Tuesday, September 1, 2015

Writing Habits: 3 Ways to Engage Your Subconscious Mind

Yesterday I read this article in Observer by Benjamin Hardy. This paragraph got me thinking about the power of the subconscious mind:

The first thing to do when you wake up is output. This may be in the form of writing in a journal to capture all the work your subconscious has been doing while you were sleeping. Or immediately getting to the project you’re working on. When you get out of a meeting or finish any form of activity, rather than going directly to your email or other input, maximize your subconscious by going directly to output—your work. 

I've never thought in terms of "input" and "output" before, but now I'll probably use the words all the time because they fit so well into my beliefs about how the subconscious powers our writing.

I talk about this a lot with fellow writers, like when I'm in a workshop and note how well a particular metaphor works in someone's manuscript, and the writer says "I never noticed that," then looks abashed by admitting he didn't do that purposefully.

This always surprises me, that writers don't want to take credit for the hard work their subconscious mind does. Writing requires the focus and engagement of the entire mind. It's your subconscious. It's a part of you and unique to you. You get to take credit for it.

The writing process--I think any creative process--is powered by the subconscious. This is why it's so important to have habits in place to strengthen that part of us, to best take advantage of all the work our brains are doing when we're not writing.

I'm going to share three habits I've learned that open up my subconscious. These are tried and true methods that I've used for years that greatly improve not only my writing efficiency and quality, but also enhance my enjoyment of the writing process itself, which, let's face it, can be pretty tough.


1. WRITE IMMEDIATELY AFTER YOU WAKE UP

Ideally: wake up, sit up, write in that notebook sitting on your nightstand. You have a notebook there, right? Even if you spend one single minute doing this, you will find so much rich material in your brain just waiting for your attention.

I know you might need to start that first cup of coffee or tea. I'm with you there. Take your notebook with you while your beverage of choice is brewing or steeping and write. Write anything that comes to mind in any way you want. Free writing works really well here if that's your thing. I do this with an espresso, and often with a bowl of oatmeal, too, because breakfast.

You can frame this first-thing-in-the-morning activity in whatever way works best for you. The most important thing is this: don't do input. No email, reading, phone calls, texting, etc. Write first. Believe me, all of that input stuff will still be there after you've written.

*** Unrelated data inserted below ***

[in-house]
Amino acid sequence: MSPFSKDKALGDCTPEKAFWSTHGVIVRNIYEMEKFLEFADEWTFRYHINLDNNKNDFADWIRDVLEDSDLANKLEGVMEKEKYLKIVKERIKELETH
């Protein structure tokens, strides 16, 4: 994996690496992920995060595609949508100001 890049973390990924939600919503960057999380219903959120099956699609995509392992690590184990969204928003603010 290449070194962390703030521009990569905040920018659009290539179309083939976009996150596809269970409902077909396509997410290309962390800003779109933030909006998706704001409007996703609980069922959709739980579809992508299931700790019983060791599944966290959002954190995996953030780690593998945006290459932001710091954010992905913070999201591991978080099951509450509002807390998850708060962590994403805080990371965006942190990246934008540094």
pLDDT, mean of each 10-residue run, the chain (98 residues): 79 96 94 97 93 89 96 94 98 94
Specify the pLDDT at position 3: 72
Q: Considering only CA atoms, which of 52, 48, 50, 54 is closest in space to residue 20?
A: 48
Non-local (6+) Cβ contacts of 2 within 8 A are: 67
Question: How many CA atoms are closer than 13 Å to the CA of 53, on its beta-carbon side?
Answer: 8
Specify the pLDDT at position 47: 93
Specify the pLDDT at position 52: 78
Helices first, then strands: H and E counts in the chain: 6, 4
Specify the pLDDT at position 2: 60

It's a lot like meditating. I find the whole focus of my day is changed if I do this, no matter what I'm doing. Ignoring my subconscious makes me antsy and distracted. Engaging it calms and focuses me.


2. KEEP A DREAM JOURNAL

You guys, if you've never done this, try it. Do it every day for a week and see what happens. When I write my dreams down--and I've written a lot of dreams--they become clearer over time, sharper, more vivid. And I'm a person who doesn't generally like journaling.

And rereading dreams is so much fun. Something scary in a dream can be so hilarious when you read it a week later, like the time I dreamed a giant rabbit was blocking me from getting into my house, and my dog said, "Look under his eyes." I'm never going to forget that one.


3. WORK WHEN YOU WORK. PLAY WHEN YOU PLAY.

Hardy touches on this point, too. As a writer, one of the worst feelings I have is when I'm not writing but feeling I should be. This happens when my subconscious is crying out for my attention and needs me to output that stuff. If I fully engage with that, fully focus on writing, then it frees me to focus on whatever else I need to do that day: clean out the closet, or find materials for a workshop I'm teaching, or reading email, or walking my dogs.

By doing creative output--writing-- you've allowed your subconscious to play out all of the good stuff it has been gestating. Then it can start fresh again while you do some input, i.e. most everything that's not writing.

If you have another method that you use, I'd love to know about it. Trying new strategies for writing is a great way to freshen your process and give your brain a little reboot.

P.S. Every single damn time I wrote the word "subconscious," I had to go back and put the "c" in. Including that last time just there.

10 comments:

  1. Thank you for this blog Amy, I'm going to try your techniques. Interesting that you see your subconscious as the part of you that wants to write...I always thought it was the other way round and my subconscious was the part telling me to check my e-mail or get a snack!

    ReplyDelete
    Replies
    1. Hi Abby!

      I know exactly what you mean. I think of those impulses to check email or do anything other than write as embedded defense mechanisms, like my brain trying to avoid letting the subconscious do its work because hard work! It's also just emotionally tough sometimes, as you no doubt know, but that's where the good stuff comes from.

      Sometimes, though, you just freakin' need a snack. :-)

      Delete
  2. Thank you for this blog Amy, I'm going to try your techniques. Interesting that you see your subconscious as the part of you that wants to write...I always thought it was the other way round and my subconscious was the part telling me to check my e-mail or get a snack!

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